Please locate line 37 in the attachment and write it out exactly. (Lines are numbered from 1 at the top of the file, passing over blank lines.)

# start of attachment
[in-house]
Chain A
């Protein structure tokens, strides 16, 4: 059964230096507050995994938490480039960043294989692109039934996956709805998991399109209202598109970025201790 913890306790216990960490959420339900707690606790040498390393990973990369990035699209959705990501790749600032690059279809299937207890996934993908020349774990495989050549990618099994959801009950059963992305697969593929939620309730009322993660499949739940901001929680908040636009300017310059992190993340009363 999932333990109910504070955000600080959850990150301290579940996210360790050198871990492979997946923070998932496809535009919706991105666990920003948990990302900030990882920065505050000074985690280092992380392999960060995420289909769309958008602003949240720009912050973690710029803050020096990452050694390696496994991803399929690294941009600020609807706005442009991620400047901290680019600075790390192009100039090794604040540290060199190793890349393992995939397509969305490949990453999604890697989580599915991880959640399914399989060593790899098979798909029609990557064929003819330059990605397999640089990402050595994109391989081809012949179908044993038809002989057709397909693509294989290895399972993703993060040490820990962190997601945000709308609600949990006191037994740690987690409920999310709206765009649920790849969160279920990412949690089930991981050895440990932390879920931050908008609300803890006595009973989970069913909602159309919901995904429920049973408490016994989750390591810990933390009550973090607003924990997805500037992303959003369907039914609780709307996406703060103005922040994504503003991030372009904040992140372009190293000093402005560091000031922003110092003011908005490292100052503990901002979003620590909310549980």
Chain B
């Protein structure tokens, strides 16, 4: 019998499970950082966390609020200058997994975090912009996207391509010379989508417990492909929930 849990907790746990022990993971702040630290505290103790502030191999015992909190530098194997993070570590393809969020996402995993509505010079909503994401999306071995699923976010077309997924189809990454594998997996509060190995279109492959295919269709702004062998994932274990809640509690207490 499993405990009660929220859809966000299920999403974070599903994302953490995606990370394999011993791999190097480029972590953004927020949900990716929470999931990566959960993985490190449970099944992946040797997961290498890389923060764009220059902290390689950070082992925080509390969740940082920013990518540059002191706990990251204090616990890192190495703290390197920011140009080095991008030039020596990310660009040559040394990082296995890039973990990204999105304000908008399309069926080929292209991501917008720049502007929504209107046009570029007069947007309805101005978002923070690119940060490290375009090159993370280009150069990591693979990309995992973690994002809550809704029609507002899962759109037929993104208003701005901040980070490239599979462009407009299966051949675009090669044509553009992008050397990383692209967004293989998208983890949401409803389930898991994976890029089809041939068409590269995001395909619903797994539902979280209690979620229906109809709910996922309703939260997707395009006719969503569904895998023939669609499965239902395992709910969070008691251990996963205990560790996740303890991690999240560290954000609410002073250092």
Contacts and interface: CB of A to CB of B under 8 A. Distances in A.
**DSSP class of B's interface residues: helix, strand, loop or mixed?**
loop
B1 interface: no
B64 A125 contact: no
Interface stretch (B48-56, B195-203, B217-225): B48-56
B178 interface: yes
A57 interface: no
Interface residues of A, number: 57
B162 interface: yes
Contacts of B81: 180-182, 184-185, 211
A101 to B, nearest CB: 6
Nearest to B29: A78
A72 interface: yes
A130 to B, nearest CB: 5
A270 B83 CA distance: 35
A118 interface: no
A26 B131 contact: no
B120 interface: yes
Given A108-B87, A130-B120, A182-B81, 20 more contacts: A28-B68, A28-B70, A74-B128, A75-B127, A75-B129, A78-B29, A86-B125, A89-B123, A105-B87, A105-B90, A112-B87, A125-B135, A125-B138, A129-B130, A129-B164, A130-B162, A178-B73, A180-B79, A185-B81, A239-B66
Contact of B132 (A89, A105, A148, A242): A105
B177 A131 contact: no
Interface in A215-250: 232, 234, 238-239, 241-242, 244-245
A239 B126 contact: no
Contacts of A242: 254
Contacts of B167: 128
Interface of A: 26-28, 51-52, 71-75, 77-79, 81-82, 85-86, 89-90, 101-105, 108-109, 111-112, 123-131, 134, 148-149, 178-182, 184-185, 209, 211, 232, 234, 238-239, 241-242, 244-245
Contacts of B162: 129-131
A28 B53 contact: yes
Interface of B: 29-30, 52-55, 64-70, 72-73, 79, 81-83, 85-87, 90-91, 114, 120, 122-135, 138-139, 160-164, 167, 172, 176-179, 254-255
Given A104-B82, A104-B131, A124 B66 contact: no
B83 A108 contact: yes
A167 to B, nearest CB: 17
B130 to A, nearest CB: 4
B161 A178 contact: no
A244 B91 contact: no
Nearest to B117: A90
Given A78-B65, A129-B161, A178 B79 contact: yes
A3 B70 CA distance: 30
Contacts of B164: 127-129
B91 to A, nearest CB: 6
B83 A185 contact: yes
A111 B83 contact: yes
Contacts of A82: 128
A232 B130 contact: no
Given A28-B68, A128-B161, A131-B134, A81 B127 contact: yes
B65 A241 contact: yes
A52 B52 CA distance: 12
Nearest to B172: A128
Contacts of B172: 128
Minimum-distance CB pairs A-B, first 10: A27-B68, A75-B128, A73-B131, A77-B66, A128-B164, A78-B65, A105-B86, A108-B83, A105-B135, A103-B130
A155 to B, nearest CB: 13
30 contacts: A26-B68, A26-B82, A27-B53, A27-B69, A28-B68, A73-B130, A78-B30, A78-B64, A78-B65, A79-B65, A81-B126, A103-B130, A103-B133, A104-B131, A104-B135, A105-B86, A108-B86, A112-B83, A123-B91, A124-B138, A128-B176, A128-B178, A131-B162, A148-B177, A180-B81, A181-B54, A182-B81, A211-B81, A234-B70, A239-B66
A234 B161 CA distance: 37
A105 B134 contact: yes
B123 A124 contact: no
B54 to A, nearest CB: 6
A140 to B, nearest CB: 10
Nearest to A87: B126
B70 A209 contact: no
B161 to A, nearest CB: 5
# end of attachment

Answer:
B83 A108 contact: yes